Even WiFi is becoming more capable. New standards for WiFi currently in development by the IEEE will use 2.4 GHz and 5.0 GHz wireless frequencies, boosting strength and reach beyond what current networks are capable of.
The increased reach and versatility provided by new wired and wireless technology make automation possible on a grander scale than before. By combining advanced networking technologies, automation and smart networks will become more common across the board in the near future, from aerospace manufacturing to agriculture.
As the industry continues to adopt more digital technologies, we’ll see the manufacture of more machines built for automation and the industrial internet of things (IIoT). In much the same way we have seen an increase in connected devices — from smartphones to smart thermostats — the manufacturing world will embrace connected technology.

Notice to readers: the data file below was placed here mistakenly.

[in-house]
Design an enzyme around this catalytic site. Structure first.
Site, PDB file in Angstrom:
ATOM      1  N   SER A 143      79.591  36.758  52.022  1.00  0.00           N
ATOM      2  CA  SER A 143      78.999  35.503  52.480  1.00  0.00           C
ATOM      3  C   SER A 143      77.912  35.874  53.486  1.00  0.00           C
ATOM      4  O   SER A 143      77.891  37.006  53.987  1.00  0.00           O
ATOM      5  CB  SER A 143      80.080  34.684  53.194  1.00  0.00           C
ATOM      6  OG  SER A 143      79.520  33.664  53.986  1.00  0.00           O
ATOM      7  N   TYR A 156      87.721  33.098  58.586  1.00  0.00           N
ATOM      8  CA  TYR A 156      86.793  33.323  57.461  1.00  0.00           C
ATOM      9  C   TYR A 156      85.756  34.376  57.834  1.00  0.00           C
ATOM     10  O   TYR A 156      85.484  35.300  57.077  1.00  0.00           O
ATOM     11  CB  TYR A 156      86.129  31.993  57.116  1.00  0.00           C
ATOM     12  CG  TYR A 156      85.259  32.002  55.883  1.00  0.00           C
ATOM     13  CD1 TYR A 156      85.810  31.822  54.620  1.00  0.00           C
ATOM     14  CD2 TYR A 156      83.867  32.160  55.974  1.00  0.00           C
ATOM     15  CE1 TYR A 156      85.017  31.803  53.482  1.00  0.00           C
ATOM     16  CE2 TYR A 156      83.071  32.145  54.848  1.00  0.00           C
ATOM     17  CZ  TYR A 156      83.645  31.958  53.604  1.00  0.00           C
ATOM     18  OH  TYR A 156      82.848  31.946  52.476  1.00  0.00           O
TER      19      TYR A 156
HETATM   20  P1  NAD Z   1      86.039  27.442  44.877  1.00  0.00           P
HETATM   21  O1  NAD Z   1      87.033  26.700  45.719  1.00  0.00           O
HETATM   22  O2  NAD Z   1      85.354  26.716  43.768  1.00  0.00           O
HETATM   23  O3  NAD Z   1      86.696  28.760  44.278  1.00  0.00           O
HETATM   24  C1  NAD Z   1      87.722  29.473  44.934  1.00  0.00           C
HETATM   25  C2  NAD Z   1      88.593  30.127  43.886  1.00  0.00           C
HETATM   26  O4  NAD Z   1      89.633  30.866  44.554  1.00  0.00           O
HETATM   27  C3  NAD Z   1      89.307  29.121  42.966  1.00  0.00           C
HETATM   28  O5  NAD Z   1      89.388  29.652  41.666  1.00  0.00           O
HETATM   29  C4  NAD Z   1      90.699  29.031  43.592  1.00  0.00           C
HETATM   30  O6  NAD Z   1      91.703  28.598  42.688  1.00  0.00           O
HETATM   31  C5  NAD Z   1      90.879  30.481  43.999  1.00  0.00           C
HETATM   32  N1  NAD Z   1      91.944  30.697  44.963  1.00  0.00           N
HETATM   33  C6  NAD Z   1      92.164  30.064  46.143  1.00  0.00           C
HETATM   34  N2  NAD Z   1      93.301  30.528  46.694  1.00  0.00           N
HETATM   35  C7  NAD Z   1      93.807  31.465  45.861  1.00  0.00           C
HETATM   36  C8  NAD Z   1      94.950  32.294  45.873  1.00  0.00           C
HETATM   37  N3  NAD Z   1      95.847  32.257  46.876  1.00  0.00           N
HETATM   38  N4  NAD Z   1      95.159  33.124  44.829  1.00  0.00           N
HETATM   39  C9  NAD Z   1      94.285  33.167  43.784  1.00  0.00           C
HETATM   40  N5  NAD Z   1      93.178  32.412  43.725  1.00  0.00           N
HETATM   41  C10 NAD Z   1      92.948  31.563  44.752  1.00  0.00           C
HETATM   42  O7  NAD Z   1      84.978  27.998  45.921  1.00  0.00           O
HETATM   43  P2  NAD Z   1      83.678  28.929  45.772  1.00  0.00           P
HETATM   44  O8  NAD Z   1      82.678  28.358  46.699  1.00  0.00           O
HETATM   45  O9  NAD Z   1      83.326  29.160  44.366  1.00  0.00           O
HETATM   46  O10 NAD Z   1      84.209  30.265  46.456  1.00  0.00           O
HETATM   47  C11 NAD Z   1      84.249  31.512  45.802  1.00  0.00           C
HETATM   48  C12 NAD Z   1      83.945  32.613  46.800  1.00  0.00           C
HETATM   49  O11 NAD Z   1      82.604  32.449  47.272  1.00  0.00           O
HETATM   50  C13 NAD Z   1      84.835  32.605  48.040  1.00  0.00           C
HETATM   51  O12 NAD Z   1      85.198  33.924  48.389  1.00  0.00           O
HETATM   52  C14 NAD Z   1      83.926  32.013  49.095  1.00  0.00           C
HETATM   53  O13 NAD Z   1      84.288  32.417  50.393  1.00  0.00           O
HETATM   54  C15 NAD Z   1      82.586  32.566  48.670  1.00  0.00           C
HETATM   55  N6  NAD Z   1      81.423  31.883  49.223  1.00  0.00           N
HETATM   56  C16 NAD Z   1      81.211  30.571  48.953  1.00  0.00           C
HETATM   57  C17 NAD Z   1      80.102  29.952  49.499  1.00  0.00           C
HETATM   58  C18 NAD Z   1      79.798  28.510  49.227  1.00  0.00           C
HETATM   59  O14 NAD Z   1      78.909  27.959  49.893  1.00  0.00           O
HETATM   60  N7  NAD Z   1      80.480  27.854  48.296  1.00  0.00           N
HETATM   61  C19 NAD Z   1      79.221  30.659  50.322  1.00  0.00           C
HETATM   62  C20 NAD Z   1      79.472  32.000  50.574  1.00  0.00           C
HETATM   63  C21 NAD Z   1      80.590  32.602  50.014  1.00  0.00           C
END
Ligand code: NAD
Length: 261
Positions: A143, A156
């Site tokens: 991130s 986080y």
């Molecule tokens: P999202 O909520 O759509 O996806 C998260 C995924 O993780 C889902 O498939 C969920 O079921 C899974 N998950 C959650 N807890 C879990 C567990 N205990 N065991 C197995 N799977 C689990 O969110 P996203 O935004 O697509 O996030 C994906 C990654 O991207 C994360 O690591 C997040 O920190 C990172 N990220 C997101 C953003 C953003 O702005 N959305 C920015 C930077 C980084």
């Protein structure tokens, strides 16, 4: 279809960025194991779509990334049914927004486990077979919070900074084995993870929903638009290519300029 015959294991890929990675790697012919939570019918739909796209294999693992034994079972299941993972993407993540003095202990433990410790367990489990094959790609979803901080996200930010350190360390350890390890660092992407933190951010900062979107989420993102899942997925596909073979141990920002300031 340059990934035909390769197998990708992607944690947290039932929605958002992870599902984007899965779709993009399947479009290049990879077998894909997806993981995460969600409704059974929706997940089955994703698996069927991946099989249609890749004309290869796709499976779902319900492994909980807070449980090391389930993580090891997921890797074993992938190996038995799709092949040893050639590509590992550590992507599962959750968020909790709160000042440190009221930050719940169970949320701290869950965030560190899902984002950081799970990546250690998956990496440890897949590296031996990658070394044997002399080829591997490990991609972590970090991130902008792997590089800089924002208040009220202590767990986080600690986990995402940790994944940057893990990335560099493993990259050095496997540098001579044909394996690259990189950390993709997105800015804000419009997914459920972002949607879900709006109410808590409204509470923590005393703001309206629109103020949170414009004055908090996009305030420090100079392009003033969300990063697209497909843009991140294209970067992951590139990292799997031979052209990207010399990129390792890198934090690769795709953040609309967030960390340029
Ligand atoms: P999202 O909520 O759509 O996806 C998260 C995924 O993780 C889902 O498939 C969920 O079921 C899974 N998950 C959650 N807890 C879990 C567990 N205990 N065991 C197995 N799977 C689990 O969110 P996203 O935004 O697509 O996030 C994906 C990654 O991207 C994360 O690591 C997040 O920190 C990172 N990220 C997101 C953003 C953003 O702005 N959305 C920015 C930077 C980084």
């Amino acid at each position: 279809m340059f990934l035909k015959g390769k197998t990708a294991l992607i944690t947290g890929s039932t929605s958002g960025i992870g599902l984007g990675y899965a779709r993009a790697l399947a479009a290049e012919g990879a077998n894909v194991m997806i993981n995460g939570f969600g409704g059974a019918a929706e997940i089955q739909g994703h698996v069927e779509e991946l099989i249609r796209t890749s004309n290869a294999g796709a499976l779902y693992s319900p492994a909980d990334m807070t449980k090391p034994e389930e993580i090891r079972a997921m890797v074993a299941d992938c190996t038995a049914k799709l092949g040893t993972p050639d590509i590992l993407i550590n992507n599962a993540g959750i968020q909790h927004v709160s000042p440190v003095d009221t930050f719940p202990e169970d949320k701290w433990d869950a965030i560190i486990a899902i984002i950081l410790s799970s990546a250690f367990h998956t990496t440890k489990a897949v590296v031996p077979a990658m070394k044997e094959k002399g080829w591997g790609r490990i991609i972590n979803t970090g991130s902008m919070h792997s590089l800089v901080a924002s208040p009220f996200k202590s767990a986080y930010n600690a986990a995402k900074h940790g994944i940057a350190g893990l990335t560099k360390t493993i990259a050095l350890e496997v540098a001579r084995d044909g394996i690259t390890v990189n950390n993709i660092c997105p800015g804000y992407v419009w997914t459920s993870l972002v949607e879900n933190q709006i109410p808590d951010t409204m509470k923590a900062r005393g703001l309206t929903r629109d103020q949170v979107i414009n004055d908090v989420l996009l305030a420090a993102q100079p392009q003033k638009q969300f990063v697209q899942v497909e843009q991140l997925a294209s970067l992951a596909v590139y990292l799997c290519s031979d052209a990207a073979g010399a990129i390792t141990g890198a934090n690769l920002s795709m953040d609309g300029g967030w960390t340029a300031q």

Smart machine tools and robotics will likely handle a greater percentage of the work in industrial settings as technology advances. Especially in those situations where the work is too dangerous for human beings to perform, automated machine tools will become more widely used.
As more internet-connected devices populate the factory floor, cybersecurity will become an increased concern. Industrial hacking has resulted in several worrying breaches of automated systems over the years, some of which could have resulted in the loss of life. As IIoT systems become more integrated, cybersecurity will only increase in importance.